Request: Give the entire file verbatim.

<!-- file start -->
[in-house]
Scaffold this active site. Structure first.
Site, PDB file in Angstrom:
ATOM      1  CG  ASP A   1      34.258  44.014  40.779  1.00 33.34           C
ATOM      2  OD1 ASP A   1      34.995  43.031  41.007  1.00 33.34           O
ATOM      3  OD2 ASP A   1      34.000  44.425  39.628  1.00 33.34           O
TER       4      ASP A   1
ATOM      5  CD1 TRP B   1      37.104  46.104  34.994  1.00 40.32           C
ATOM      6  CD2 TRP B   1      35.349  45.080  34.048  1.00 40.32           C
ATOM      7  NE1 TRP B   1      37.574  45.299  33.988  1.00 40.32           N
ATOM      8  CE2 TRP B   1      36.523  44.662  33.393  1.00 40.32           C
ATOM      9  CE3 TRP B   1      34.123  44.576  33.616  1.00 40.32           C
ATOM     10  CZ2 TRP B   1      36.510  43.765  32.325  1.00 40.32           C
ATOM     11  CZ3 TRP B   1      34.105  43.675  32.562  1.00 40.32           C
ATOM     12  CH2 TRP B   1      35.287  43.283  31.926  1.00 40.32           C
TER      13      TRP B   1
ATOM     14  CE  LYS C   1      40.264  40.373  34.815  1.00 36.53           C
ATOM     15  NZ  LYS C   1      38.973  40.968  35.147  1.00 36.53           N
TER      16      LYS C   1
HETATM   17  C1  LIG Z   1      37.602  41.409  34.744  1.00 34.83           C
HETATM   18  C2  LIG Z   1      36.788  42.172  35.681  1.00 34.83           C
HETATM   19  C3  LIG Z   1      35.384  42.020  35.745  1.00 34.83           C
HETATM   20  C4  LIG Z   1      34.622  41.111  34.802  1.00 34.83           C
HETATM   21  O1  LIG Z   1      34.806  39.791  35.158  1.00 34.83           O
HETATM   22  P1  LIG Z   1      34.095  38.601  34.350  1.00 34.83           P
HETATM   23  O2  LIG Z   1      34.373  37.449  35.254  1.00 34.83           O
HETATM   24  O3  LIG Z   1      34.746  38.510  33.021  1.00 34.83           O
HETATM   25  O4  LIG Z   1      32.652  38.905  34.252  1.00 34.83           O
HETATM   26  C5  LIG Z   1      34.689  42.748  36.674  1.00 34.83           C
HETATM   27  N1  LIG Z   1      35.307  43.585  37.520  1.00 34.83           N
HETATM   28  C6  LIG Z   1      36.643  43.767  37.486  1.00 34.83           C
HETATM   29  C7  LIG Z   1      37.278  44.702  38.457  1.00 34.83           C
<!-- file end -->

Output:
[in-house]
Scaffold this active site. Structure first.
Site, PDB file in Angstrom:
ATOM      1  CG  ASP A   1      34.258  44.014  40.779  1.00 33.34           C
ATOM      2  OD1 ASP A   1      34.995  43.031  41.007  1.00 33.34           O
ATOM      3  OD2 ASP A   1      34.000  44.425  39.628  1.00 33.34           O
TER       4      ASP A   1
ATOM      5  CD1 TRP B   1      37.104  46.104  34.994  1.00 40.32           C
ATOM      6  CD2 TRP B   1      35.349  45.080  34.048  1.00 40.32           C
ATOM      7  NE1 TRP B   1      37.574  45.299  33.988  1.00 40.32           N
ATOM      8  CE2 TRP B   1      36.523  44.662  33.393  1.00 40.32           C
ATOM      9  CE3 TRP B   1      34.123  44.576  33.616  1.00 40.32           C
ATOM     10  CZ2 TRP B   1      36.510  43.765  32.325  1.00 40.32           C
ATOM     11  CZ3 TRP B   1      34.105  43.675  32.562  1.00 40.32           C
ATOM     12  CH2 TRP B   1      35.287  43.283  31.926  1.00 40.32           C
TER      13      TRP B   1
ATOM     14  CE  LYS C   1      40.264  40.373  34.815  1.00 36.53           C
ATOM     15  NZ  LYS C   1      38.973  40.968  35.147  1.00 36.53           N
TER      16      LYS C   1
HETATM   17  C1  LIG Z   1      37.602  41.409  34.744  1.00 34.83           C
HETATM   18  C2  LIG Z   1      36.788  42.172  35.681  1.00 34.83           C
HETATM   19  C3  LIG Z   1      35.384  42.020  35.745  1.00 34.83           C
HETATM   20  C4  LIG Z   1      34.622  41.111  34.802  1.00 34.83           C
HETATM   21  O1  LIG Z   1      34.806  39.791  35.158  1.00 34.83           O
HETATM   22  P1  LIG Z   1      34.095  38.601  34.350  1.00 34.83           P
HETATM   23  O2  LIG Z   1      34.373  37.449  35.254  1.00 34.83           O
HETATM   24  O3  LIG Z   1      34.746  38.510  33.021  1.00 34.83           O
HETATM   25  O4  LIG Z   1      32.652  38.905  34.252  1.00 34.83           O
HETATM   26  C5  LIG Z   1      34.689  42.748  36.674  1.00 34.83           C
HETATM   27  N1  LIG Z   1      35.307  43.585  37.520  1.00 34.83           N
HETATM   28  C6  LIG Z   1      36.643  43.767  37.486  1.00 34.83           C
HETATM   29  C7  LIG Z   1      37.278  44.702  38.457  1.00 34.83           C